Merlo strove to shepherd the company through its early difficulties. LP acquired several lumber companies in California, Oregon, Montana, Washington, Missouri, and Alabama, and in 1976 it purchased the Fibreboard Corporation, a manufacturer of products used in making furniture and cabinets. In 1979, the company bought fifteen building-material centers in southern California from Lone Star Industries, which provided LP with much needed distribution centers.
To ensure its long-term success, however, LP would need to compensate for its comparative dearth of southern pine and Douglas fir timber, as well as lumber production. To address this shortfall, LP turned its attention to the development of wood products derived from less-expensive and faster-growing trees, such as cottonwood and aspen. As Merlo told the Portland Oregonian in 1990, 'we recognized that the days of making wood products from big trees were numbered for both economic and environmental reasons.'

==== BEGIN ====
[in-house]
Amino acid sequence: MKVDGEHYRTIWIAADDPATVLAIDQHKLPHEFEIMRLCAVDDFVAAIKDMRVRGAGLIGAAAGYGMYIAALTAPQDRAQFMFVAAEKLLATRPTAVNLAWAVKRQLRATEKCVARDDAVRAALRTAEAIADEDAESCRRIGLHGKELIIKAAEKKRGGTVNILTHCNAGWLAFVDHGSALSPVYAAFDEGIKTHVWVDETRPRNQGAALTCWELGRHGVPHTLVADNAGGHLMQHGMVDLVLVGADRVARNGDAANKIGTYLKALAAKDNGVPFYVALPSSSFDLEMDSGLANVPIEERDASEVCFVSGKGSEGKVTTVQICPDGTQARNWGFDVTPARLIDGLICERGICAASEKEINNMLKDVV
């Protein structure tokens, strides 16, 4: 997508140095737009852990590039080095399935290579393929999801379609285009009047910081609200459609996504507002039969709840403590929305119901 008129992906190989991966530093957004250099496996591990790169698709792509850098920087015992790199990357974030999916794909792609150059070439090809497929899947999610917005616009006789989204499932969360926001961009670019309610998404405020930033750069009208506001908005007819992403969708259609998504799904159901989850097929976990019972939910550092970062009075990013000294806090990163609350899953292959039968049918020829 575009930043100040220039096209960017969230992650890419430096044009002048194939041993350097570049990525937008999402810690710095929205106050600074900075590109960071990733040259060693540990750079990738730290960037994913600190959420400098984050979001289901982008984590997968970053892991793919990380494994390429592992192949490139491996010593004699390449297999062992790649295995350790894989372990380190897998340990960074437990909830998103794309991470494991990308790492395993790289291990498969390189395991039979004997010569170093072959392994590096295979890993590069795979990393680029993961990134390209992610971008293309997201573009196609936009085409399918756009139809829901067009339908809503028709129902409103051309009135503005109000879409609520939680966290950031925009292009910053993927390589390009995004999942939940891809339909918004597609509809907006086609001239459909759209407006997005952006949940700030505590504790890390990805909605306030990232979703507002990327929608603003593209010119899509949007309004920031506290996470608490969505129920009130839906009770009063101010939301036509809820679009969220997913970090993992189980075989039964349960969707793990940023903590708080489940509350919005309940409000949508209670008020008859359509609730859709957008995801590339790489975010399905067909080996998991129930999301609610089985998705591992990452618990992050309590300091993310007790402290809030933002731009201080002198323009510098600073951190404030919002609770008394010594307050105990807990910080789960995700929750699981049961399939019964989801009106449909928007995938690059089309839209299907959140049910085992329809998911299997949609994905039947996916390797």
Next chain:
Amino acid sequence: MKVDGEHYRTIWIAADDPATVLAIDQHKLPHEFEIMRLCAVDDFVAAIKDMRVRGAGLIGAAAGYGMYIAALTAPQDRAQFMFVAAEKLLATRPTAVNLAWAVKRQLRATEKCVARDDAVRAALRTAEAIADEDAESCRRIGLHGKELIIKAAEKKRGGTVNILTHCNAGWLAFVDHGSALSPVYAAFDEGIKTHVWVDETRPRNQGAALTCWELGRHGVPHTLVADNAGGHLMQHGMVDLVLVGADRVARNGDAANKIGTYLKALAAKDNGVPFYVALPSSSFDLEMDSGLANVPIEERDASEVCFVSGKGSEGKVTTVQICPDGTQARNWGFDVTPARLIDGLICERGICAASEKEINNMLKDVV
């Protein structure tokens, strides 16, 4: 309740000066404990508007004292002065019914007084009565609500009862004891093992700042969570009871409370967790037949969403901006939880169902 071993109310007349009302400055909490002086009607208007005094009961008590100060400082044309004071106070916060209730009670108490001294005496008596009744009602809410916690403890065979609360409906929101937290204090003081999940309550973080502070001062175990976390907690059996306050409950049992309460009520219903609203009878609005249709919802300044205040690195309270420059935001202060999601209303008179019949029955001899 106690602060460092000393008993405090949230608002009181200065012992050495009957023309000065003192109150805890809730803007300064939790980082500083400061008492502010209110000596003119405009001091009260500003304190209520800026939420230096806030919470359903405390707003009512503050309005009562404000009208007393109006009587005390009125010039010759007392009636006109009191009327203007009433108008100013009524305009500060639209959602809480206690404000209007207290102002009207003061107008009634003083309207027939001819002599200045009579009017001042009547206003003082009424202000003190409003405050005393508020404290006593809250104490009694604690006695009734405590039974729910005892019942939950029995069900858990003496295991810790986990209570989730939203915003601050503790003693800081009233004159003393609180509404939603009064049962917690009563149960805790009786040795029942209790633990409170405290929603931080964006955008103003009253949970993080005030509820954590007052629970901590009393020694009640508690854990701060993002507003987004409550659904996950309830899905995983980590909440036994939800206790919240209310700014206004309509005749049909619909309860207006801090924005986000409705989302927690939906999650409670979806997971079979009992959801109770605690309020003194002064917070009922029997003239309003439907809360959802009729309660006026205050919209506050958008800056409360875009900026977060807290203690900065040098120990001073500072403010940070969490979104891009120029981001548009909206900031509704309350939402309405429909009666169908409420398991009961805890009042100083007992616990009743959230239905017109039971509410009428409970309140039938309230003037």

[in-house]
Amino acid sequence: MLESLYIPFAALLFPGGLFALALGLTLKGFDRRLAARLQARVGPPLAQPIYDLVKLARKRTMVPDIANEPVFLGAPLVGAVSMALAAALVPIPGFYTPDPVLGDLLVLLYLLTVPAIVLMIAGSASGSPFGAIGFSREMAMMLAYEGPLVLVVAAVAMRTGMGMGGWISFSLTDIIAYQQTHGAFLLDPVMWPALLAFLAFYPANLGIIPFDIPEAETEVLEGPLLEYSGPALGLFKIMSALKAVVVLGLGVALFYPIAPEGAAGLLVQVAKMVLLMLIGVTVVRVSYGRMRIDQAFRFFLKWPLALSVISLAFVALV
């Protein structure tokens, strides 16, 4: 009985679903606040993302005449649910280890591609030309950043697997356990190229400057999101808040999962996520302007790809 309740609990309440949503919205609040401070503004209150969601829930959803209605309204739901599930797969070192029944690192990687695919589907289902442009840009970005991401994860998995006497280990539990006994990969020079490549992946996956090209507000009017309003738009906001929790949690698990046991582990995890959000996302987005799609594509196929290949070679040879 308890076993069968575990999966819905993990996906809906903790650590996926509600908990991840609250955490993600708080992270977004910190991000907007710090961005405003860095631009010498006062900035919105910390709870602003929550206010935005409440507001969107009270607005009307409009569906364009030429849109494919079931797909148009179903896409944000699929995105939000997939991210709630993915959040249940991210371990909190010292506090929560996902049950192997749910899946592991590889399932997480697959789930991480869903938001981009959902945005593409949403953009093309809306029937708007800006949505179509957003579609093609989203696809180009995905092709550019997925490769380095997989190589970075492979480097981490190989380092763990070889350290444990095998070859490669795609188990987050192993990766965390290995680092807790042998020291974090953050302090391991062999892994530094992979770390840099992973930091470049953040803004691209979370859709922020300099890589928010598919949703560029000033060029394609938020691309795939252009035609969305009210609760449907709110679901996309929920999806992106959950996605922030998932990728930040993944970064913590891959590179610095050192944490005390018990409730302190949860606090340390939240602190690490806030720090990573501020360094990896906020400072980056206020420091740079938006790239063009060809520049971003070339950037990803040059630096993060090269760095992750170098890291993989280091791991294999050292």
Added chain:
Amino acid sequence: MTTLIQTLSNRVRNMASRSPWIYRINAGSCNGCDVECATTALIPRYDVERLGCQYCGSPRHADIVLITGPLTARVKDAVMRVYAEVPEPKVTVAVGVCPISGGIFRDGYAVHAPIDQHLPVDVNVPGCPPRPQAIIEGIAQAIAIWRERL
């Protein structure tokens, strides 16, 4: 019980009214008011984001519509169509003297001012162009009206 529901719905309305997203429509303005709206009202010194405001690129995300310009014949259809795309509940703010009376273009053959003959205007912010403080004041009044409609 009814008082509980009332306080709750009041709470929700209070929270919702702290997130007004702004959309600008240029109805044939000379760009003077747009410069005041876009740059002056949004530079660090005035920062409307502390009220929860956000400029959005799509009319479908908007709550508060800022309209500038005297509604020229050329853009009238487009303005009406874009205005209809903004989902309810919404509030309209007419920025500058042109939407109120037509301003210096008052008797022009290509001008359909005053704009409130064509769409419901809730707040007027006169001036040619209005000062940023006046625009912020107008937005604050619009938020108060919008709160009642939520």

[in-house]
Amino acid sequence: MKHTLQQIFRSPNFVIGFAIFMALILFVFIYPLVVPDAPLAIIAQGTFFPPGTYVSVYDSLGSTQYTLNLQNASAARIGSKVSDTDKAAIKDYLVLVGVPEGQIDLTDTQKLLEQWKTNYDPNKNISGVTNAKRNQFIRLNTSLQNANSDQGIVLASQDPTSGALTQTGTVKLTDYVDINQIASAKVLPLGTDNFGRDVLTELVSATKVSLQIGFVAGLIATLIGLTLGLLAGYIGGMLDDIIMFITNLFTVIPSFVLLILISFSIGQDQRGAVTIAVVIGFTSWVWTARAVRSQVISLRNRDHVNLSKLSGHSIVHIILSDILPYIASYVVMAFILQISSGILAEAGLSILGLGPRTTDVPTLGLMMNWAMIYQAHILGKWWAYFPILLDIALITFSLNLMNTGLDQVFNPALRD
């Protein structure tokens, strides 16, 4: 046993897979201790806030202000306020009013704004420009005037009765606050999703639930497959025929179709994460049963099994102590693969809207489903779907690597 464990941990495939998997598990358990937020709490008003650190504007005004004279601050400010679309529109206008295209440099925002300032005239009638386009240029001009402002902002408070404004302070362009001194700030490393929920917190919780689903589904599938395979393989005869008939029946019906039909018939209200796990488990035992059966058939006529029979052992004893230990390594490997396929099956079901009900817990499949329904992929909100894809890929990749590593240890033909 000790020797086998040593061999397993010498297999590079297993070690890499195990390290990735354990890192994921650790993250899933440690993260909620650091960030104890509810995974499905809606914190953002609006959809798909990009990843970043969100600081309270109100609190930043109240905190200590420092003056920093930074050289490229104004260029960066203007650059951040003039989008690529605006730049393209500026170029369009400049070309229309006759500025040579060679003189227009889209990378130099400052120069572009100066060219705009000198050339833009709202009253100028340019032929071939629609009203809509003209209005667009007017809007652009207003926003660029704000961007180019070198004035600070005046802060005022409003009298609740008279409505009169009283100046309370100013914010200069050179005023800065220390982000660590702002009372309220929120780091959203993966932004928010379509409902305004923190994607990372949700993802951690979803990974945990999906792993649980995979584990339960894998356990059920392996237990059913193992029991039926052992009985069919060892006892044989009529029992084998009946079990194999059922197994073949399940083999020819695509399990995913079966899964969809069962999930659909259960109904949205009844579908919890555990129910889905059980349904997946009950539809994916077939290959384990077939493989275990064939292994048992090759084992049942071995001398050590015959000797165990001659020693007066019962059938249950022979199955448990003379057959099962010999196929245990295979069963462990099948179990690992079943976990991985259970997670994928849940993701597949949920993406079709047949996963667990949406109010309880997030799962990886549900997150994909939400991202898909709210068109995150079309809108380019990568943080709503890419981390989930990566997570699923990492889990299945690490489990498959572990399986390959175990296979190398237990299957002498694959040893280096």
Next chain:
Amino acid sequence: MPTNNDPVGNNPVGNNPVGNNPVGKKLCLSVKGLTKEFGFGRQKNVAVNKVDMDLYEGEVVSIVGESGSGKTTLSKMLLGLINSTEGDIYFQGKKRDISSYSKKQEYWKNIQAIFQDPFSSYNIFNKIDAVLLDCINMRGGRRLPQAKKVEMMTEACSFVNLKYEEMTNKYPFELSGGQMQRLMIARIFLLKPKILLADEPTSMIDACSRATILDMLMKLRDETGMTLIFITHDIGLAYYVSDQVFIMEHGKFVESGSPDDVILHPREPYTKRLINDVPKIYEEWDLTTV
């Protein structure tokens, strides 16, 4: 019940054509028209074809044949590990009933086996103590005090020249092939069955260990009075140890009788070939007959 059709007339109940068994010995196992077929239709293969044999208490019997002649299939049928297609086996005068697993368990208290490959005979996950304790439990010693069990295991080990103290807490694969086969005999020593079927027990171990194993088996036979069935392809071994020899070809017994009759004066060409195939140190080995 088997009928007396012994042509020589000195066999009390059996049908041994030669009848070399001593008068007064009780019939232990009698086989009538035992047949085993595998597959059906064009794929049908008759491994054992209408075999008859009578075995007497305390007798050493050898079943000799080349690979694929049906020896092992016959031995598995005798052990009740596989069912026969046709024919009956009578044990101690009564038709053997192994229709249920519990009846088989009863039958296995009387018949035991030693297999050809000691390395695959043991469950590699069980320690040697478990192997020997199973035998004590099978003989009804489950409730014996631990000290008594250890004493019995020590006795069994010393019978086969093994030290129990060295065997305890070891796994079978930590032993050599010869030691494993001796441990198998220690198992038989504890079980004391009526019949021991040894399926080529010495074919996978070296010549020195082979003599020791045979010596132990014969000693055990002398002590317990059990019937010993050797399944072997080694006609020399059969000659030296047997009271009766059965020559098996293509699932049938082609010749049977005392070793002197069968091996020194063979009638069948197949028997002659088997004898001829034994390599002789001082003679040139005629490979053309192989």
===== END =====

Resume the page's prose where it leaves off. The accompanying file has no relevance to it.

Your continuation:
In the late 1970s, the company began manufacturing OSB by slicing logs into wafers, mixing the wafers with resin, and then pressing them into sheets. First introduced under the trade name Waferwood (later re-christened Inner-Seal), this new product line revolutionized the construction industry by offering a less expensive, stronger alternative to plywood sheathing and sub-flooring. After opening its first Inner-Seal mill in 1980, LP advertised the product as 'the smart man's plywood.'